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UK seeks post-Brexit ‘country of origin’ deal update by May

A cross-party report on the impact of Brexit has called for the UK government to provide an update on its progress in securing a new ‘country of origin’ deal by the end of May 2018.

European_flag_in_Karlskrona_2011_Wikimedia CommonsThe Digital, Culture, Media and Sport Committee report warned that if country of origin rules – which allow TV companies to broadcast throughout the EU from any member country – cease to apply, this will have an inevitable impact on the UK broadcasting industry.

“The government must set out the steps it is taking to avoid that outcome, explaining its negotiating objectives and the timescale for such negotiation,” said the report.

“The government should also confirm as soon as possible that it intends for the United Kingdom to remain members of the European Single Market and under the terms of the current country of origin rules, for a transitional period after Brexit, until the end of 2020.”

The EU’s ‘country of origin’ rules are enshrined in the Audio-Visual Media Services (AVMS) Directive and currently allow broadcasters from outside the EU to choose the UK as their centre of operations when establishing a European headquarters.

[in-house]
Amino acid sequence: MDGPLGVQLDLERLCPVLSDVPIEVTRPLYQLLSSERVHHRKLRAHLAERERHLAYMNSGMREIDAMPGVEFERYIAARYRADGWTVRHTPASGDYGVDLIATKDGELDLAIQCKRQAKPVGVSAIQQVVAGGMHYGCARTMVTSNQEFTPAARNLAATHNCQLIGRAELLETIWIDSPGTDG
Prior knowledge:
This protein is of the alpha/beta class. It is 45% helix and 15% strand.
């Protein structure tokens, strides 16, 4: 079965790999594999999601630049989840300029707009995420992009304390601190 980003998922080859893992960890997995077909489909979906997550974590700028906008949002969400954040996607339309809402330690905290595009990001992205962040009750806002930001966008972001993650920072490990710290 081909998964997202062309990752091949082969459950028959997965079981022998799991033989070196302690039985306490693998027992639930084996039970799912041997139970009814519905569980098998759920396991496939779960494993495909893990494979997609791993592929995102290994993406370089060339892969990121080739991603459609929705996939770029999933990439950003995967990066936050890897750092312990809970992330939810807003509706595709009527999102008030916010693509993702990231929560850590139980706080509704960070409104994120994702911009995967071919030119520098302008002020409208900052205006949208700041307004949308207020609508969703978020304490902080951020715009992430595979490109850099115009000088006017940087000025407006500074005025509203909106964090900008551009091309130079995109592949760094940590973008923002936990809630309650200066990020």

The report said that UK broadcast regulator Ofcom licenses more than half of the 2,200 channels broadcast across the EU, and of that more than 1,100,650 are being broadcast out of the UK to other countries.

In Ofcom’s written evidence to the committee, Ofcom CEO Sharon White said the country of origin principle is “the biggest issue for our sector” and should remain in place after Brexit “so that media companies based here do not face new hurdles, or feel compelled to move their operations to another European country.”

“We want to encourage, not undermine, the growth of our cultural and creative industries,” said White. “The country of origin rule benefits member states and supports broadcasters, providing a mass audience, and promoting cultural exchange across borders.”

AETN UK, a joint venture between Sky and US-based A+E Netorks, said in its written evidence that if the UK could not continue to participate within the country of origin framework – or a negotiated equivalent – it would reduce investment in the UK, leading to job losses and relocation of businesses.

The Brexit impact report said that negotiations designed to keep the UK within the country of origin rules would likely take place outside an EU–UK trade deal, as most countries insist that culture should not be treated like other commodities.

However, it said that maintaining country of origin rules through a separate agreement is “far from assured” because, as pointed out by the European Scrutiny Committee, there is “no precedent for a third country securing single market-equivalent access for broadcasters”.

“Country of origin cannot endure merely by virtue of existing in UK law,” said White at Ofcom. “It will only continue to stand if the remaining 27 member states continue to allow UK-based companies to broadcast to their markets under UK rules; and if the UK allows companies based overseas to broadcast here under EU rules, even though we would no longer have direct influence over these rules.

The section of the report relating to country of origin regulation can be accessed here. The full potential impact of Brexit on the creative industries, tourism and the digital single market is available here.